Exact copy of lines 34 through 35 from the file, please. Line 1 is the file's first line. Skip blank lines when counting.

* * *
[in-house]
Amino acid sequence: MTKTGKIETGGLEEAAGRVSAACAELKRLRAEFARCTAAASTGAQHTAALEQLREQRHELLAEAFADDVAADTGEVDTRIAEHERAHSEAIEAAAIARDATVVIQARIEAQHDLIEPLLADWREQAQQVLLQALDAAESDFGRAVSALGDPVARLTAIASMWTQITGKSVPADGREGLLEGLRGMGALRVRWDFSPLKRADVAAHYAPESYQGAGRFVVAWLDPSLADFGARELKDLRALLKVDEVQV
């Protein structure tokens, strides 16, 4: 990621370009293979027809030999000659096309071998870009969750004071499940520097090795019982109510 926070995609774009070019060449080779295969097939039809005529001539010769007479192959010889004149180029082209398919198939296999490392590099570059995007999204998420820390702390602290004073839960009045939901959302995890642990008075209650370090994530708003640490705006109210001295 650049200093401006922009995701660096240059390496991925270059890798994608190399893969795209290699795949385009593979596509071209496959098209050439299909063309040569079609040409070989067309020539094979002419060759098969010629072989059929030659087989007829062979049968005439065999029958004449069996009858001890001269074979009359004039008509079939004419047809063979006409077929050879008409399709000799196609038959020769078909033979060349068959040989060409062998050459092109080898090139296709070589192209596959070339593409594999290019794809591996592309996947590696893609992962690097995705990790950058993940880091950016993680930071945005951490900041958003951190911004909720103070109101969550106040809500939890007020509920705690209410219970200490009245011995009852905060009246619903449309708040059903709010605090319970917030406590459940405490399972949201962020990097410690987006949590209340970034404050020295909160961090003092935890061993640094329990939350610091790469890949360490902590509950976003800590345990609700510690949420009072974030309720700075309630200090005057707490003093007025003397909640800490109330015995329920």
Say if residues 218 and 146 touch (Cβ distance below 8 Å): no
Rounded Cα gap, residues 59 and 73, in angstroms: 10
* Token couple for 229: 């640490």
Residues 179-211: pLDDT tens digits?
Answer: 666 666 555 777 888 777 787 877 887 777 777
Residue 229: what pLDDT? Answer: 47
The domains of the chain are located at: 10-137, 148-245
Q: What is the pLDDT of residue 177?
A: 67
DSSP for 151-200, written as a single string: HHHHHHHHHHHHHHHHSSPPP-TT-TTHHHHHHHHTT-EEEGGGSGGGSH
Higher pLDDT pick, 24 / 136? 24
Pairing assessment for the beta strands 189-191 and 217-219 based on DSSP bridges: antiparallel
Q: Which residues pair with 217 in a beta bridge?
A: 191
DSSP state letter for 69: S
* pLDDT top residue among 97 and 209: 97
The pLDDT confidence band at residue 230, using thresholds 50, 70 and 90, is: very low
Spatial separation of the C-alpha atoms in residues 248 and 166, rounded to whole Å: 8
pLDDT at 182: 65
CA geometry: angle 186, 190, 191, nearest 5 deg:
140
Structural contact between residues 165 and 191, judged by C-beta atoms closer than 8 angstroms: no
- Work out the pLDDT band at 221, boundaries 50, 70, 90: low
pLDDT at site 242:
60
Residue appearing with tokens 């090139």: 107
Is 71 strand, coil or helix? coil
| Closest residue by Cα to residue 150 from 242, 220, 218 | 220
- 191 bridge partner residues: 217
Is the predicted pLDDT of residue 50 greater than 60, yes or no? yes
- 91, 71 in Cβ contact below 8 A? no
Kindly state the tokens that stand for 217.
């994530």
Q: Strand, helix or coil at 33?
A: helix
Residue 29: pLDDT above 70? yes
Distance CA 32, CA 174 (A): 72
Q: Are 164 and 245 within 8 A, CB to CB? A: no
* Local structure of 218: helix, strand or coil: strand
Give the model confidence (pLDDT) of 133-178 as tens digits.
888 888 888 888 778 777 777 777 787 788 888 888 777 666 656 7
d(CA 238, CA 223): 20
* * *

- 91, 71 in Cβ contact below 8 A? no
Kindly state the tokens that stand for 217.